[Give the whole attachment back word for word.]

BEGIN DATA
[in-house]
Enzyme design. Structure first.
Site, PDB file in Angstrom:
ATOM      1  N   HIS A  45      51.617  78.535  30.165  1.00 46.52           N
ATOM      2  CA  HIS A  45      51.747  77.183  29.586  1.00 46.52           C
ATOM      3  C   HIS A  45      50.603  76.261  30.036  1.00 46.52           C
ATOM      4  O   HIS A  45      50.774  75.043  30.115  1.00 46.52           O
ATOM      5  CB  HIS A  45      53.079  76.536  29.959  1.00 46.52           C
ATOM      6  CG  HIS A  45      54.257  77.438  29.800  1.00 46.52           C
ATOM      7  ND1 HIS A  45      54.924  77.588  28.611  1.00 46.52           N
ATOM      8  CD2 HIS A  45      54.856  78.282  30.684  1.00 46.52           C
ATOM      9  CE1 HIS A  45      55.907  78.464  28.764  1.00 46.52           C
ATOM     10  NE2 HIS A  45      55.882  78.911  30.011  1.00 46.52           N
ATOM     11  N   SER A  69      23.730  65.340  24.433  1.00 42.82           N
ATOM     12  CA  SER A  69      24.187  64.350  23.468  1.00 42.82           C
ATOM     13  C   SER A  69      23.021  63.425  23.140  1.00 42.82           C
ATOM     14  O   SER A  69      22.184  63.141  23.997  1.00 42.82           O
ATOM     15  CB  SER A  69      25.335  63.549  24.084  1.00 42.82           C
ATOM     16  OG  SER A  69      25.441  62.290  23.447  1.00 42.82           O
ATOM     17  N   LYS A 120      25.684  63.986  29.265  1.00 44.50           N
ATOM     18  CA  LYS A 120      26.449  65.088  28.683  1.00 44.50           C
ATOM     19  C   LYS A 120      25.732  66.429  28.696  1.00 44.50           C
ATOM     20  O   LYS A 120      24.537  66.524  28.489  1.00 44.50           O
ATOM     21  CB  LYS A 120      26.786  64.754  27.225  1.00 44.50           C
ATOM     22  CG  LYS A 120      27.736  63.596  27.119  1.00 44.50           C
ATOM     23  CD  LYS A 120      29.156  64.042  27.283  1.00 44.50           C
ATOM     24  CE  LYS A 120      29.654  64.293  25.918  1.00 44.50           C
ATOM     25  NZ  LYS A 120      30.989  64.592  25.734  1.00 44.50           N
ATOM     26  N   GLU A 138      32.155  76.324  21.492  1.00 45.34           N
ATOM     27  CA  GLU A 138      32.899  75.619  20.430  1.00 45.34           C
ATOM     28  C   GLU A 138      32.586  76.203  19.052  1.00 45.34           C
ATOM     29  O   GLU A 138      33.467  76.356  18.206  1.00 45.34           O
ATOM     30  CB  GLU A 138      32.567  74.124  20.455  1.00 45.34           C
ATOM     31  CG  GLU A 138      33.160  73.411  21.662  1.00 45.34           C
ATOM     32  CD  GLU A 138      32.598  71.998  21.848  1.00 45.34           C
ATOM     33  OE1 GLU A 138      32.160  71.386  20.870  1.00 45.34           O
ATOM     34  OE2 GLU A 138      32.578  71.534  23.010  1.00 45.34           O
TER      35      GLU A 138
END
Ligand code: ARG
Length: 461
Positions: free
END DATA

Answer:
[in-house]
Enzyme design. Structure first.
Site, PDB file in Angstrom:
ATOM      1  N   HIS A  45      51.617  78.535  30.165  1.00 46.52           N
ATOM      2  CA  HIS A  45      51.747  77.183  29.586  1.00 46.52           C
ATOM      3  C   HIS A  45      50.603  76.261  30.036  1.00 46.52           C
ATOM      4  O   HIS A  45      50.774  75.043  30.115  1.00 46.52           O
ATOM      5  CB  HIS A  45      53.079  76.536  29.959  1.00 46.52           C
ATOM      6  CG  HIS A  45      54.257  77.438  29.800  1.00 46.52           C
ATOM      7  ND1 HIS A  45      54.924  77.588  28.611  1.00 46.52           N
ATOM      8  CD2 HIS A  45      54.856  78.282  30.684  1.00 46.52           C
ATOM      9  CE1 HIS A  45      55.907  78.464  28.764  1.00 46.52           C
ATOM     10  NE2 HIS A  45      55.882  78.911  30.011  1.00 46.52           N
ATOM     11  N   SER A  69      23.730  65.340  24.433  1.00 42.82           N
ATOM     12  CA  SER A  69      24.187  64.350  23.468  1.00 42.82           C
ATOM     13  C   SER A  69      23.021  63.425  23.140  1.00 42.82           C
ATOM     14  O   SER A  69      22.184  63.141  23.997  1.00 42.82           O
ATOM     15  CB  SER A  69      25.335  63.549  24.084  1.00 42.82           C
ATOM     16  OG  SER A  69      25.441  62.290  23.447  1.00 42.82           O
ATOM     17  N   LYS A 120      25.684  63.986  29.265  1.00 44.50           N
ATOM     18  CA  LYS A 120      26.449  65.088  28.683  1.00 44.50           C
ATOM     19  C   LYS A 120      25.732  66.429  28.696  1.00 44.50           C
ATOM     20  O   LYS A 120      24.537  66.524  28.489  1.00 44.50           O
ATOM     21  CB  LYS A 120      26.786  64.754  27.225  1.00 44.50           C
ATOM     22  CG  LYS A 120      27.736  63.596  27.119  1.00 44.50           C
ATOM     23  CD  LYS A 120      29.156  64.042  27.283  1.00 44.50           C
ATOM     24  CE  LYS A 120      29.654  64.293  25.918  1.00 44.50           C
ATOM     25  NZ  LYS A 120      30.989  64.592  25.734  1.00 44.50           N
ATOM     26  N   GLU A 138      32.155  76.324  21.492  1.00 45.34           N
ATOM     27  CA  GLU A 138      32.899  75.619  20.430  1.00 45.34           C
ATOM     28  C   GLU A 138      32.586  76.203  19.052  1.00 45.34           C
ATOM     29  O   GLU A 138      33.467  76.356  18.206  1.00 45.34           O
ATOM     30  CB  GLU A 138      32.567  74.124  20.455  1.00 45.34           C
ATOM     31  CG  GLU A 138      33.160  73.411  21.662  1.00 45.34           C
ATOM     32  CD  GLU A 138      32.598  71.998  21.848  1.00 45.34           C
ATOM     33  OE1 GLU A 138      32.160  71.386  20.870  1.00 45.34           O
ATOM     34  OE2 GLU A 138      32.578  71.534  23.010  1.00 45.34           O
TER      35      GLU A 138
END
Ligand code: ARG
Length: 461
Positions: free